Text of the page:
--Scottish immigrant to Korea Nicole Louise on the Korean analogue of “Your English is so good!”

Friday, April 22, 2016

Yale undergrads have 2.5 hours for 2 hour final exams

Dear Instructors in Yale College:

With the end of the term upon us, we write with reminders from the Faculty Handbook and the Yale College Programs of Study. ...

Students have 30 minutes of extra time for all final examinations. The Yale College Programs of Study explains that "final examinations normally last either two or three hours but, in either case, students are permitted to take an additional half hour before being required to turn in their answers. This additional time is given for improving what has already been written, rather than for breaking new ground." Please avoid confusion by announcing this policy and writing it on the exam, with language such as: “This is a two-hour exam for which you have two and a half hours.”
--Email to Yale faculty from the deans of the Graduate School, Faculty of Arts and Sciences, and Yale College, on Yale undergrad privilege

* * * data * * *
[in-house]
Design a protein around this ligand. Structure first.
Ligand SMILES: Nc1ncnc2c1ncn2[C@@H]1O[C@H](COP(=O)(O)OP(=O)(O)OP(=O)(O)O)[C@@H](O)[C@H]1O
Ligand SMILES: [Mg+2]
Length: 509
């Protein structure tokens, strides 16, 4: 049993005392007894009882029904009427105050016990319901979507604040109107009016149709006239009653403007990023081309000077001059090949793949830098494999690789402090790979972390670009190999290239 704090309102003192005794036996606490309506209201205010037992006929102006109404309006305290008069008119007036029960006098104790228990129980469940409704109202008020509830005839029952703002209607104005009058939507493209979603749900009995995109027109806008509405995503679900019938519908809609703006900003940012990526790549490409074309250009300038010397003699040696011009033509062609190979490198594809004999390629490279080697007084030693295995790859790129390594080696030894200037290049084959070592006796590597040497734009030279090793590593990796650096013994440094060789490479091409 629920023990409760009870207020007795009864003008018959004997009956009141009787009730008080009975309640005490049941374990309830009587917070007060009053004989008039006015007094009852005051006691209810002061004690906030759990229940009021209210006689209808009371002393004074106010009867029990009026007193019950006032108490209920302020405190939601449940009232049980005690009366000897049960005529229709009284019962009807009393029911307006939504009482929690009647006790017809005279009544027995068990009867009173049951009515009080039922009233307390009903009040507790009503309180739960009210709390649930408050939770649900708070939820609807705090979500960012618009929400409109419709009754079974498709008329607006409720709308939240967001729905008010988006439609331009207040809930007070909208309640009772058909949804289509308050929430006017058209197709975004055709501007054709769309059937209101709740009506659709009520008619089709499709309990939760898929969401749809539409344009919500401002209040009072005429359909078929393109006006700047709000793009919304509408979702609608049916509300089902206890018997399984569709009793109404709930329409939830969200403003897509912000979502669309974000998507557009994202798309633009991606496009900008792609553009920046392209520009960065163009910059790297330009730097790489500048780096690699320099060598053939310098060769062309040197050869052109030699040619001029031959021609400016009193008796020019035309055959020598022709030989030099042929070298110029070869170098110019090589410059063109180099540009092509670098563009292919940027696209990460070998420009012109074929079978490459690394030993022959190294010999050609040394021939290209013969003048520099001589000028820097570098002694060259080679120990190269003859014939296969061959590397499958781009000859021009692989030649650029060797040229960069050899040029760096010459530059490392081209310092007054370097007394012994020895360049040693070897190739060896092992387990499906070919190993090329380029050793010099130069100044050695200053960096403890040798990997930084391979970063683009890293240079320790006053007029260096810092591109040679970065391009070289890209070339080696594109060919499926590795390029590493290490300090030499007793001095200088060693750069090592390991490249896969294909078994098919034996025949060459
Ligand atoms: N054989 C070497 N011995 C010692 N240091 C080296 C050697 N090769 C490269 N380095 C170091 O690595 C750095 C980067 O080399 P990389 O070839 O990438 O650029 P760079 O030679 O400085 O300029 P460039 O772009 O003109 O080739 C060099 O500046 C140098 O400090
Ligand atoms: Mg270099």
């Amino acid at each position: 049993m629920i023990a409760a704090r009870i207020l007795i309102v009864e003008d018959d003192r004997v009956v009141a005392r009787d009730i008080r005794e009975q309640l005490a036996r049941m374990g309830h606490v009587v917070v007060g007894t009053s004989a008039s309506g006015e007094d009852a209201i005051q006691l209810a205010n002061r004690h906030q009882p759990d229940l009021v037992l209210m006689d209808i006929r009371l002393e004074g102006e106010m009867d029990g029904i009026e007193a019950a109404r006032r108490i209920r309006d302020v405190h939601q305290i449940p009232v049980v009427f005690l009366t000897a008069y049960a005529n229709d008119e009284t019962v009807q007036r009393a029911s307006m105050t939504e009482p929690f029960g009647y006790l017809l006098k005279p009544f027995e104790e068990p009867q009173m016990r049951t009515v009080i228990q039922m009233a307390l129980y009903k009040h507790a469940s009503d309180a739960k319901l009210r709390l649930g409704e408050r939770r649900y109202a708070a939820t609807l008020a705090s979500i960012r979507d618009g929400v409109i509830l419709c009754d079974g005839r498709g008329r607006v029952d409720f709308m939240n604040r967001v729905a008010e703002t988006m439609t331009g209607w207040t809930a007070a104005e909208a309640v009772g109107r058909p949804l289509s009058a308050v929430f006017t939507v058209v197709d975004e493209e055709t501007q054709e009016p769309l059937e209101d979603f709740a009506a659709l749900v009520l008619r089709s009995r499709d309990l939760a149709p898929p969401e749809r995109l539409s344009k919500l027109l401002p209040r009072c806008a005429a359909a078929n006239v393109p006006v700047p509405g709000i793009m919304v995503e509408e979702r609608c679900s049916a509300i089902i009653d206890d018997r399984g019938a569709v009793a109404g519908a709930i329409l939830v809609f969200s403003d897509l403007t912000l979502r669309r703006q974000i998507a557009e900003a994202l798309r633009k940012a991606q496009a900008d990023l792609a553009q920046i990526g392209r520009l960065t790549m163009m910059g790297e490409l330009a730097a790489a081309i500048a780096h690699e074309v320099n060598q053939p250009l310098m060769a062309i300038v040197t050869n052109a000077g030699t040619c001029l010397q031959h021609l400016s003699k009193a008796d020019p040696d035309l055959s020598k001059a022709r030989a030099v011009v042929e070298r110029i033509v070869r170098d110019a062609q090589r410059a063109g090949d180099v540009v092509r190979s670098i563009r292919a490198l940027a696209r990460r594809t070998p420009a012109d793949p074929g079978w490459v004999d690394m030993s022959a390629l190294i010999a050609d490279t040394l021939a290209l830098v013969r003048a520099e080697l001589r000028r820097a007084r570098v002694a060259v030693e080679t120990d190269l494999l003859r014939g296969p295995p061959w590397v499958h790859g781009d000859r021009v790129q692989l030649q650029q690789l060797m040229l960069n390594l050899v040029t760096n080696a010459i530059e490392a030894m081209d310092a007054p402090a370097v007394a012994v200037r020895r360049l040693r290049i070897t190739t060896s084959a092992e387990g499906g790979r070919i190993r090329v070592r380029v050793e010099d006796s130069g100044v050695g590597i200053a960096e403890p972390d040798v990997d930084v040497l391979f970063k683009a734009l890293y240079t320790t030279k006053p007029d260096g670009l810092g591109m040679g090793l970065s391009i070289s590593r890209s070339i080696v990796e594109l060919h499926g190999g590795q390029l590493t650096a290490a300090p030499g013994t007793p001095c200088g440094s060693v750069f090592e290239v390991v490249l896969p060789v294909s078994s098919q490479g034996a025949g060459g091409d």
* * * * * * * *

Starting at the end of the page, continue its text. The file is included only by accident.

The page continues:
Thursday, April 21, 2016

Skydiving is no longer an extreme sport

These days, jumping out of an airplane with a parachute strapped to your back is hardly the death-defying feat it once was. ...

While people do get injured skydiving, the jump is generally less fraught than the drive to the airport. All skydivers now carry reserve chutes in case something goes amiss with the first one (it rarely does). Even if you find yourself paralyzed with fear in midair, you’re likely not going to plunge to your death. A small gizmo called an automatic activation device, or AAD, will blast the canopy open for you when you reach a predetermined altitude. ...

In 2014, the last year for which complete records are available, 24 people died skydiving and 729 were injured in a total of about 3.2 million jumps. The number of annual fatalities has generally hovered in the low 20s for years, according to the USPA.
--Jonathan Welsh, WSJ, on the taming of the freefall

Monday, April 18, 2016

Moral relativism is no longer a thing